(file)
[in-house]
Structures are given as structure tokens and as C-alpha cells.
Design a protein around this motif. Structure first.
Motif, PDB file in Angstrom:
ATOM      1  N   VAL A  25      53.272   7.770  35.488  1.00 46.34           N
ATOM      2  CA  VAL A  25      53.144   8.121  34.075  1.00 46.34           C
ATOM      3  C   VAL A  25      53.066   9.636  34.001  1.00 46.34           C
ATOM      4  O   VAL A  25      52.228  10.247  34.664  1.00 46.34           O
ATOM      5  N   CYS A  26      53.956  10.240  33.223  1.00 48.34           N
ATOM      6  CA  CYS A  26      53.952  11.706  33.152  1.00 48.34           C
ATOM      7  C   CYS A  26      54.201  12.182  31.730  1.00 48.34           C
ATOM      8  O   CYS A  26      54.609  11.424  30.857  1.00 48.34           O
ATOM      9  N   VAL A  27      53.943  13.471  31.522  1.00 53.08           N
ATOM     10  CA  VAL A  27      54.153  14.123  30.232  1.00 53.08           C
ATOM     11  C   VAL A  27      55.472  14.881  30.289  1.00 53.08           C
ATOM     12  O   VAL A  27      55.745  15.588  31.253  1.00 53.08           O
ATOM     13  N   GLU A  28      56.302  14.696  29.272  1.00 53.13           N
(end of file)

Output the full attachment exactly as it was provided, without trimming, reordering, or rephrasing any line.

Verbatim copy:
[in-house]
Structures are given as structure tokens and as C-alpha cells.
Design a protein around this motif. Structure first.
Motif, PDB file in Angstrom:
ATOM      1  N   VAL A  25      53.272   7.770  35.488  1.00 46.34           N
ATOM      2  CA  VAL A  25      53.144   8.121  34.075  1.00 46.34           C
ATOM      3  C   VAL A  25      53.066   9.636  34.001  1.00 46.34           C
ATOM      4  O   VAL A  25      52.228  10.247  34.664  1.00 46.34           O
ATOM      5  N   CYS A  26      53.956  10.240  33.223  1.00 48.34           N
ATOM      6  CA  CYS A  26      53.952  11.706  33.152  1.00 48.34           C
ATOM      7  C   CYS A  26      54.201  12.182  31.730  1.00 48.34           C
ATOM      8  O   CYS A  26      54.609  11.424  30.857  1.00 48.34           O
ATOM      9  N   VAL A  27      53.943  13.471  31.522  1.00 53.08           N
ATOM     10  CA  VAL A  27      54.153  14.123  30.232  1.00 53.08           C
ATOM     11  C   VAL A  27      55.472  14.881  30.289  1.00 53.08           C
ATOM     12  O   VAL A  27      55.745  15.588  31.253  1.00 53.08           O
ATOM     13  N   GLU A  28      56.302  14.696  29.272  1.00 53.13           N